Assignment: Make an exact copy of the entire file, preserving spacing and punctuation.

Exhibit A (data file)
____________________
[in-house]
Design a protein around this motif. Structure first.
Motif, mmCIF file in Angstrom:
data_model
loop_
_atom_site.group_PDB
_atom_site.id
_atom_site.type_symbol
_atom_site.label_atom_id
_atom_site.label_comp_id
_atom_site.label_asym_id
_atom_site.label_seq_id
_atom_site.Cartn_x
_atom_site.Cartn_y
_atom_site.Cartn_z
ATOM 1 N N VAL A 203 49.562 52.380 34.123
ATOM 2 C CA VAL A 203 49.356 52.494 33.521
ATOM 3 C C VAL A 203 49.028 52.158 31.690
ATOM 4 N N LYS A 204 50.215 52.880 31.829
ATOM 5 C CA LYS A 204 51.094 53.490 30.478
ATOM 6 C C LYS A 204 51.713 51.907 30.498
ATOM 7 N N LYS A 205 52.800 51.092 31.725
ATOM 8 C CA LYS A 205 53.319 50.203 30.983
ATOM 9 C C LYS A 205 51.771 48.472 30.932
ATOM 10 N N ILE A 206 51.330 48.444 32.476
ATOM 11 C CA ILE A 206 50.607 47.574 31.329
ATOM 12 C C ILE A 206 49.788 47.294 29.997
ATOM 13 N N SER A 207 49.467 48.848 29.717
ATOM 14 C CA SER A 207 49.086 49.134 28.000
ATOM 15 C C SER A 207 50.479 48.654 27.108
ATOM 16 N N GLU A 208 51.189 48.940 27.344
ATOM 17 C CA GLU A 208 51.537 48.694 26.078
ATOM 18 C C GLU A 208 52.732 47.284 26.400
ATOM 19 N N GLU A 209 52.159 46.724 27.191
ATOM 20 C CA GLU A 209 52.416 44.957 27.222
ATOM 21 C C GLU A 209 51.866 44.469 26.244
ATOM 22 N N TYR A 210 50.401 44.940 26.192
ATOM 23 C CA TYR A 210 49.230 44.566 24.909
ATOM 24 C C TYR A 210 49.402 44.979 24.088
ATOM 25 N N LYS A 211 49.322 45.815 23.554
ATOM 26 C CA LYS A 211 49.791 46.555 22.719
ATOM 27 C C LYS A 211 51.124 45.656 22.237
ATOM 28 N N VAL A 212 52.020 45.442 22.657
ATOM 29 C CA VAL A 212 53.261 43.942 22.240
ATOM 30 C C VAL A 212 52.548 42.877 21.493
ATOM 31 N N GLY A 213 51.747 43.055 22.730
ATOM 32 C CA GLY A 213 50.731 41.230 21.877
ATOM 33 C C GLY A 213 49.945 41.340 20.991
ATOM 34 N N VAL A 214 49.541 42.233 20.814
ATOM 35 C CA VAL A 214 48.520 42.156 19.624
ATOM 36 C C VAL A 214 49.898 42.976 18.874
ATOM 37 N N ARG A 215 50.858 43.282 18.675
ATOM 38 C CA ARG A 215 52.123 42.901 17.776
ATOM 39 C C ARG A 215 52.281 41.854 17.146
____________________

[in-house]
Design a protein around this motif. Structure first.
Motif, mmCIF file in Angstrom:
data_model
loop_
_atom_site.group_PDB
_atom_site.id
_atom_site.type_symbol
_atom_site.label_atom_id
_atom_site.label_comp_id
_atom_site.label_asym_id
_atom_site.label_seq_id
_atom_site.Cartn_x
_atom_site.Cartn_y
_atom_site.Cartn_z
ATOM 1 N N VAL A 203 49.562 52.380 34.123
ATOM 2 C CA VAL A 203 49.356 52.494 33.521
ATOM 3 C C VAL A 203 49.028 52.158 31.690
ATOM 4 N N LYS A 204 50.215 52.880 31.829
ATOM 5 C CA LYS A 204 51.094 53.490 30.478
ATOM 6 C C LYS A 204 51.713 51.907 30.498
ATOM 7 N N LYS A 205 52.800 51.092 31.725
ATOM 8 C CA LYS A 205 53.319 50.203 30.983
ATOM 9 C C LYS A 205 51.771 48.472 30.932
ATOM 10 N N ILE A 206 51.330 48.444 32.476
ATOM 11 C CA ILE A 206 50.607 47.574 31.329
ATOM 12 C C ILE A 206 49.788 47.294 29.997
ATOM 13 N N SER A 207 49.467 48.848 29.717
ATOM 14 C CA SER A 207 49.086 49.134 28.000
ATOM 15 C C SER A 207 50.479 48.654 27.108
ATOM 16 N N GLU A 208 51.189 48.940 27.344
ATOM 17 C CA GLU A 208 51.537 48.694 26.078
ATOM 18 C C GLU A 208 52.732 47.284 26.400
ATOM 19 N N GLU A 209 52.159 46.724 27.191
ATOM 20 C CA GLU A 209 52.416 44.957 27.222
ATOM 21 C C GLU A 209 51.866 44.469 26.244
ATOM 22 N N TYR A 210 50.401 44.940 26.192
ATOM 23 C CA TYR A 210 49.230 44.566 24.909
ATOM 24 C C TYR A 210 49.402 44.979 24.088
ATOM 25 N N LYS A 211 49.322 45.815 23.554
ATOM 26 C CA LYS A 211 49.791 46.555 22.719
ATOM 27 C C LYS A 211 51.124 45.656 22.237
ATOM 28 N N VAL A 212 52.020 45.442 22.657
ATOM 29 C CA VAL A 212 53.261 43.942 22.240
ATOM 30 C C VAL A 212 52.548 42.877 21.493
ATOM 31 N N GLY A 213 51.747 43.055 22.730
ATOM 32 C CA GLY A 213 50.731 41.230 21.877
ATOM 33 C C GLY A 213 49.945 41.340 20.991
ATOM 34 N N VAL A 214 49.541 42.233 20.814
ATOM 35 C CA VAL A 214 48.520 42.156 19.624
ATOM 36 C C VAL A 214 49.898 42.976 18.874
ATOM 37 N N ARG A 215 50.858 43.282 18.675
ATOM 38 C CA ARG A 215 52.123 42.901 17.776
ATOM 39 C C ARG A 215 52.281 41.854 17.146